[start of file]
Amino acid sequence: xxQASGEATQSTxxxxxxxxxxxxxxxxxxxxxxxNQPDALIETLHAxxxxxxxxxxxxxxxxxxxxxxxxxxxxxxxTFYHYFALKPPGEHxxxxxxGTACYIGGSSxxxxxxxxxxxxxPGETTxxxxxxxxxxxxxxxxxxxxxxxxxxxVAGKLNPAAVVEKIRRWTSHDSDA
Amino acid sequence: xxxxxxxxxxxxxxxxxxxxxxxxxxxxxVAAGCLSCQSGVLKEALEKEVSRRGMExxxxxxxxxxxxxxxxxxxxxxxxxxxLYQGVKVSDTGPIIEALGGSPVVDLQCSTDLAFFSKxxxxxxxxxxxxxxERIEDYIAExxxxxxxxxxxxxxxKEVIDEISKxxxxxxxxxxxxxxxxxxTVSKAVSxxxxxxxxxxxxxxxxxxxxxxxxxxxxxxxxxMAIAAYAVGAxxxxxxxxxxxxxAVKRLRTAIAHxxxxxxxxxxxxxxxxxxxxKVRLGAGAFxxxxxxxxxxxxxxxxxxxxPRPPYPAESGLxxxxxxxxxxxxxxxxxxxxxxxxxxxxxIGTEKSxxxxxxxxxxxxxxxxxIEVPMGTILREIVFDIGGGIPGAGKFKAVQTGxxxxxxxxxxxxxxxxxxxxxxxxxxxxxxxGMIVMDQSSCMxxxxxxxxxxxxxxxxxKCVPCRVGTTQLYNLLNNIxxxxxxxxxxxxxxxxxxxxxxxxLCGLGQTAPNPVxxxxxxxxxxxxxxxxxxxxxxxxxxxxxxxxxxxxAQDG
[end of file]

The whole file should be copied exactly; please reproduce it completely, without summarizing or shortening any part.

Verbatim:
Amino acid sequence: xxQASGEATQSTxxxxxxxxxxxxxxxxxxxxxxxNQPDALIETLHAxxxxxxxxxxxxxxxxxxxxxxxxxxxxxxxTFYHYFALKPPGEHxxxxxxGTACYIGGSSxxxxxxxxxxxxxPGETTxxxxxxxxxxxxxxxxxxxxxxxxxxxVAGKLNPAAVVEKIRRWTSHDSDA
Amino acid sequence: xxxxxxxxxxxxxxxxxxxxxxxxxxxxxVAAGCLSCQSGVLKEALEKEVSRRGMExxxxxxxxxxxxxxxxxxxxxxxxxxxLYQGVKVSDTGPIIEALGGSPVVDLQCSTDLAFFSKxxxxxxxxxxxxxxERIEDYIAExxxxxxxxxxxxxxxKEVIDEISKxxxxxxxxxxxxxxxxxxTVSKAVSxxxxxxxxxxxxxxxxxxxxxxxxxxxxxxxxxMAIAAYAVGAxxxxxxxxxxxxxAVKRLRTAIAHxxxxxxxxxxxxxxxxxxxxKVRLGAGAFxxxxxxxxxxxxxxxxxxxxPRPPYPAESGLxxxxxxxxxxxxxxxxxxxxxxxxxxxxxIGTEKSxxxxxxxxxxxxxxxxxIEVPMGTILREIVFDIGGGIPGAGKFKAVQTGxxxxxxxxxxxxxxxxxxxxxxxxxxxxxxxGMIVMDQSSCMxxxxxxxxxxxxxxxxxKCVPCRVGTTQLYNLLNNIxxxxxxxxxxxxxxxxxxxxxxxxLCGLGQTAPNPVxxxxxxxxxxxxxxxxxxxxxxxxxxxxxxxxxxxxAQDG